McMahon is a player I had the pleasure of seeing alongside David Dahl and Trevor Story last summer for the Hartford Yard Goats, and felt his potential didn’t differ much from his more highly touted teammates. With Dahl battling a swarm of injury bugs and Story nearly out of a job as Brendan Rodgers – also in the Futures Game – knocks on the door to Coors, McMahon may prove to yield the highest return of that trio. 14 HR and 11 SB between AA and AAA this season, with Coors in his future? Sign me up for his smooth lefty swing any day of the week.

Top 10 Fallers

Only two players among Ralph’s largest fallers will play in the Futures Game. One of which is a prospect who I was disappointed to see drop, Yadier Alvarez. With the unbelieveable major and minor league pitching depth the Dodgers have at their disposal (likely second to only the Braves unfair accumulation of riches), the news that Alvarez is featuring a straight fastball at High-A doesn’t hurt them as much as it might other organizations. Alvarez is a player I personally became smitten with when I first admired the ease at which he generates elite velocity at such a young age (21). Even with an ominous cloud lingering above his head in the recent months, he should light up the radar gun and remind us why some thought about him as the arm with the highest ceiling in the minors not too long ago.

Zack Collins on the other hand takes a hit in Ralph’s ranks after struggling to get below a 27% strikeout rate and above a .250 average at High-A. Ralph and I chatted about how other lists within the industry (more on that soon) are almost always higher on catchers. Rankings of players like Chance Sisco, Carson Kelly, and Collins are one of the bigger differences between “real life” lists and fantasy lists. Ralph only has one catcher inside his top 90 – the extremely advanced bat of Francisco Mejia – while others lean towards three to four in that same window. We have all experienced the putrid production and value catchers return in fantasy, and I’m not convinced this crop of talents will change that anytime soon. Only seven currently fall inside the top 200 players, so unless you can guarantee me Perez or Sanchez-like production, I can only get so excited. Buzz is that Mejia has a real chance to get to that level, while Collins reaching that plateau seems like an optimistic ceiling argument from prospect utopia. I’m still excited to see the White Sox prospect in the Futures Game, but it’s with the understanding that catchers’ developmental process is molasses-like and the position as a whole can be waited on in fantasy drafts.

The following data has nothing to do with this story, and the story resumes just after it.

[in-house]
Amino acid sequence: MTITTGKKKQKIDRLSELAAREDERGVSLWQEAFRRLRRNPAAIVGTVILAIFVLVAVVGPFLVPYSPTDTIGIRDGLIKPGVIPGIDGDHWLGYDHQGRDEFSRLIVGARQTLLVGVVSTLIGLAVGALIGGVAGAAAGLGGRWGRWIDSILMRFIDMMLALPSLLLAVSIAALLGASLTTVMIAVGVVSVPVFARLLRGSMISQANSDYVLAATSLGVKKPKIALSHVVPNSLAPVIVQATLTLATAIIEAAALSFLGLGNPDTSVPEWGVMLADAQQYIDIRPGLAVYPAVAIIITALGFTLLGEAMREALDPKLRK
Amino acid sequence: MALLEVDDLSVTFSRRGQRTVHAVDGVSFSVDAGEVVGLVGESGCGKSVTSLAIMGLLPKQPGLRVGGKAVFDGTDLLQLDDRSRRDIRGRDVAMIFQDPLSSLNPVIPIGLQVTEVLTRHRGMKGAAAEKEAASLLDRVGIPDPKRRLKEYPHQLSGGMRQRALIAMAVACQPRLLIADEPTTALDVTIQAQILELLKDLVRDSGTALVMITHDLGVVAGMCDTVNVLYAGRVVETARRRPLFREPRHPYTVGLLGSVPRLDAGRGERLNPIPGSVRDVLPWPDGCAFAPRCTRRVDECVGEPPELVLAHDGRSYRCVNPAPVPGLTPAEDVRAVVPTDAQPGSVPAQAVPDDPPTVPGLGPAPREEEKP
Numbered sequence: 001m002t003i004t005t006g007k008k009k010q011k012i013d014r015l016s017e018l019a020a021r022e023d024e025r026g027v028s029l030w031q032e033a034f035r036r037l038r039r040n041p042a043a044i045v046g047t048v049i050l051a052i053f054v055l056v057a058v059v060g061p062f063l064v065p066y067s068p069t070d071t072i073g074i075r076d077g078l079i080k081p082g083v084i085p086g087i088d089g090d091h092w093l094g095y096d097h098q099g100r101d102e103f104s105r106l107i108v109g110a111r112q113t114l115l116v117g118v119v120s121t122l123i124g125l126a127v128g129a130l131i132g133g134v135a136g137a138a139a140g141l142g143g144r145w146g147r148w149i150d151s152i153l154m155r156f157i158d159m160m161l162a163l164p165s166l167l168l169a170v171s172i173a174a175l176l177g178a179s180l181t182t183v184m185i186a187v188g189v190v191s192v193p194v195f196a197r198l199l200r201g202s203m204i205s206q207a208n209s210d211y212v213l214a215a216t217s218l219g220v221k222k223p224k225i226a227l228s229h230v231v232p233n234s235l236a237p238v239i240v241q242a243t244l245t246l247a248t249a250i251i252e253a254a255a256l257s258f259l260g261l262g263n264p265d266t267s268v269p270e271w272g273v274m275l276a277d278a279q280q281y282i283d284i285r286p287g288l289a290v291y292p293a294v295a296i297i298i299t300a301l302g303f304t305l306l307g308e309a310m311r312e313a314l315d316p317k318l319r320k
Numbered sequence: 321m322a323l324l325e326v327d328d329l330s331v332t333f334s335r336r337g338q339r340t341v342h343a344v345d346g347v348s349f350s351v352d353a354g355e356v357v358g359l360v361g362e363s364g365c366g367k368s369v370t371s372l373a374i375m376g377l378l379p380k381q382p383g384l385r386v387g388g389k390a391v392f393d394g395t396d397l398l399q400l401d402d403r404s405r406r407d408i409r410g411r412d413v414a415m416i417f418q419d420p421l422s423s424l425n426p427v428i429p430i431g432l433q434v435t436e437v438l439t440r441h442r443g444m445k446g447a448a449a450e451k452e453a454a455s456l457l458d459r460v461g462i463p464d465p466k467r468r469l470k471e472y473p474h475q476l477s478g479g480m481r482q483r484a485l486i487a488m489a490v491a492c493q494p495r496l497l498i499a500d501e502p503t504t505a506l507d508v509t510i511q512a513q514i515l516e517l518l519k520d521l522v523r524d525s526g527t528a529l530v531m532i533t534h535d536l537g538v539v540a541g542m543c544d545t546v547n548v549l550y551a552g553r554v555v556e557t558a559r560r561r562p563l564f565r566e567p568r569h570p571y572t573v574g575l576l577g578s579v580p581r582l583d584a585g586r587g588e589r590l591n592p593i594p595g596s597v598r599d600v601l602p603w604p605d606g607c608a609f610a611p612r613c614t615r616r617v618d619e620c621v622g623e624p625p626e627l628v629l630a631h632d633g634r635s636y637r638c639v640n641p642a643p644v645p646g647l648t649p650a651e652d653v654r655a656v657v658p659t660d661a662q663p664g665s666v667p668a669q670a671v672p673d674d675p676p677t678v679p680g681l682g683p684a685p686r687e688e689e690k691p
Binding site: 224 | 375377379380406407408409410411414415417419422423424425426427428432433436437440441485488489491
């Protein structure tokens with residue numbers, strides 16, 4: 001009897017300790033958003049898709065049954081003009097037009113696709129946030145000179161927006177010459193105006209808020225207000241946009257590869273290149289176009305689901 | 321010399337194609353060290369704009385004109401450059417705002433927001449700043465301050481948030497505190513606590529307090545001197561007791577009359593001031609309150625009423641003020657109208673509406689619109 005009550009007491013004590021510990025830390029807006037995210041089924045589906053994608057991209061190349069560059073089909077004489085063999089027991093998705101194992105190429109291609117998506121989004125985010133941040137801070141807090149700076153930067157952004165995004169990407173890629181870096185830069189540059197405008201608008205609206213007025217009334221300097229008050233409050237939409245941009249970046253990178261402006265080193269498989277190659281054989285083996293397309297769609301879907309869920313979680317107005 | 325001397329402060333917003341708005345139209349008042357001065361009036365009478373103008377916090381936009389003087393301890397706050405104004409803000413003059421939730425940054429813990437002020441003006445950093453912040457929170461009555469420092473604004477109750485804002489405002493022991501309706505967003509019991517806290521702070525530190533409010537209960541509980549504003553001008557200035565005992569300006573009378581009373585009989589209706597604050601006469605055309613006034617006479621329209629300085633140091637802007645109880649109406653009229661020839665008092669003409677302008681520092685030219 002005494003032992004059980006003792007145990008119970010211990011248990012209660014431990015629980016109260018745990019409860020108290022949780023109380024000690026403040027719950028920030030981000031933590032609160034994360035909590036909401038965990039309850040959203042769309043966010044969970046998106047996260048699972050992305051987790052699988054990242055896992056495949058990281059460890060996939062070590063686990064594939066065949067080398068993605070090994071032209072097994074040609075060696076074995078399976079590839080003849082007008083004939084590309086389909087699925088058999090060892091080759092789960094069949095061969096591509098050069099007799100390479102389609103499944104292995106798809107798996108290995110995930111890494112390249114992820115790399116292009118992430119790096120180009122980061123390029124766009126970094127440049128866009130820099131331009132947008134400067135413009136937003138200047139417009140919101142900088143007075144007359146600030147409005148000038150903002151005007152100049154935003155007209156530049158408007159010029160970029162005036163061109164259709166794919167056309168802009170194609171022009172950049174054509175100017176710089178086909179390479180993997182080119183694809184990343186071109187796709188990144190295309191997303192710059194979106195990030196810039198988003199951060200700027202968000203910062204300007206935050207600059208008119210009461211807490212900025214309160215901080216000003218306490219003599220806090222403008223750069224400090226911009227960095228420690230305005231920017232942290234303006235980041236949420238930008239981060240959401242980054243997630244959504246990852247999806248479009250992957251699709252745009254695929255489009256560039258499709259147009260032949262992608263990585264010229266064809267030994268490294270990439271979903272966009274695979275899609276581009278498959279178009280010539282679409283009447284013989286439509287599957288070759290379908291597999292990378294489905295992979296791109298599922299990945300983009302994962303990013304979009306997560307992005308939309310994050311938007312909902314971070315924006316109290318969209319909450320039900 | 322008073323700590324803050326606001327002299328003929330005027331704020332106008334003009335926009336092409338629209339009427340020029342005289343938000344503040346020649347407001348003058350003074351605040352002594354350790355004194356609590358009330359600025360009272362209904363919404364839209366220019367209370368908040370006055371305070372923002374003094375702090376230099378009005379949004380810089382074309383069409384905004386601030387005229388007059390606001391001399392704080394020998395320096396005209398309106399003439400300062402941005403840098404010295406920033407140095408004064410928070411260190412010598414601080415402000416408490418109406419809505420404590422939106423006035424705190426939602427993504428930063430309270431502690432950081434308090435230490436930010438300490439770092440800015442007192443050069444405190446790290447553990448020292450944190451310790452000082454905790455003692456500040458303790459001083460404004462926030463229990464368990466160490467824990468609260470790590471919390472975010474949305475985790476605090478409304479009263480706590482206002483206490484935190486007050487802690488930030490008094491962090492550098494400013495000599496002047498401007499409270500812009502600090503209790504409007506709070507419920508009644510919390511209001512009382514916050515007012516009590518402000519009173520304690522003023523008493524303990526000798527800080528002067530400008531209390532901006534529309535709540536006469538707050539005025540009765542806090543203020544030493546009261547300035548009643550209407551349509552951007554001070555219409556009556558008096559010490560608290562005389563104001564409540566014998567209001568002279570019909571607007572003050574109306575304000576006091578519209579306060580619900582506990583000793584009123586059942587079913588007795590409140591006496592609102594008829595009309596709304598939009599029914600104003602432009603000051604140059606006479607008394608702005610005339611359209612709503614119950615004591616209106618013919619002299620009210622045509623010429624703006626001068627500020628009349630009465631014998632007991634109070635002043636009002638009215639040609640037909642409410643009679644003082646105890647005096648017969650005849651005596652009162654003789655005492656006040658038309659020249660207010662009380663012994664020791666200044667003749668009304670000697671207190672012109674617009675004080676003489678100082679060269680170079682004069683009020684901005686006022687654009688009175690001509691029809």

So how about we get to another industry list that I briefly elluded to? I chose Baseball America’s version as it leans towards a real life ranking and because of their on the ground scouts which it’s sometimes easy to miss the opinions of. Ideal for fantasy? Likely not, but the comparison between BA’s list and Ralph’s can give you a sense of players that differ due to their fantasy production potential alone. In reality, there’s a good chance that’s the focus of you, the reader.

Check out BA‘s list here. Keep in mind the same qualifiers from our prior set of risers/fallers, and add to it the fact that if a player is omitted from either list, there is a good chance he is just barely outside the top 100. Many prospectors acknowledge there is an argument for 120-130 guys to be top 100, so those fringe players around 90-95 rightfully mulled over continually.

Ralph Higher than Baseball America

  • Juan Soto – 27th for Ralph,  95th for BA – difference of 68 spots
  • Willie Calhoun – 12th for Ralph, 74th for BA – difference of 62 spots
  • *Ryan McMahon – 32nd for Ralph, 91st for BA – difference of 59 spots
  • *Rhys Hoskins – 30th for Ralph, 69th for BA – difference of 39 spots
  • Notable omissions from BA’s list?

Ralph Lower than Baseball America

  • Brendan McKay – 92nd for Ralph, 40th for BA – difference of 52 spots
  • Franklin Perez – 83rd for Ralph, 32nd for BA – difference of 51 spots
  • Ian Anderson – 100th for Ralph, 55th for BA – difference of 45 spots
  • *Nick Gordon – 63rd for Ralph, 19th for BA – difference of 44 spots
  • Notable omissions from Ralph’s list?

Continuing to look at just the Futures Game prospects, one of the more notable difference between Ralph and Baseball America is Ralph’s support for the Tommy Joseph replacement Rhys Hoskins, and his lukewarm feeling on the Twins’ number five overall pick back in 2014, Nick Gordon. While the Gordon variance is likely do to the plus glove and that asset’s uselessness in fantasy, the Hoskins difference seems to have a bit more to do with philosophy.

Hoskins, represents a player whom scouts tended to look at with skepticism for future production, even after his torrid Cape League production as he stormed onto the professional league scene. All he has done since is produced at an elite level, and we’re finally dipping our toes back into the water of trusting Phillies prospects not named J.P. Crawford or Dominic Brown. My best bet for BA’s pessimism probably has to do with their stoic stance on his profile translating, but I agree with Ralph on this one.

McMahon we’ve already gone over for his mutli-tool Coors profile. While he finally found his way on to BA’s list for this first time this season, their assessment may be in a vacuum, meaning the glory that Coors brings with it is something that is surely fantasy relevant, but not as applicable to a scouting report in real life.

Enjoy the game, I’ll be watching so don’t be afraid to make this a message board of sorts to pose prospect questions as the game is going on.

I’ll reach out to Ralph to see if he can pop in once or twice for some analysis as well! If you desire the full list of differences between Ralph and Baseball America, or Ralph preseason and now, feel free to shoot me a message on Twitter or in the comments below.

Questions, comments, and Futures Game discussion encouraged.

@LanceBrozdow on Twitter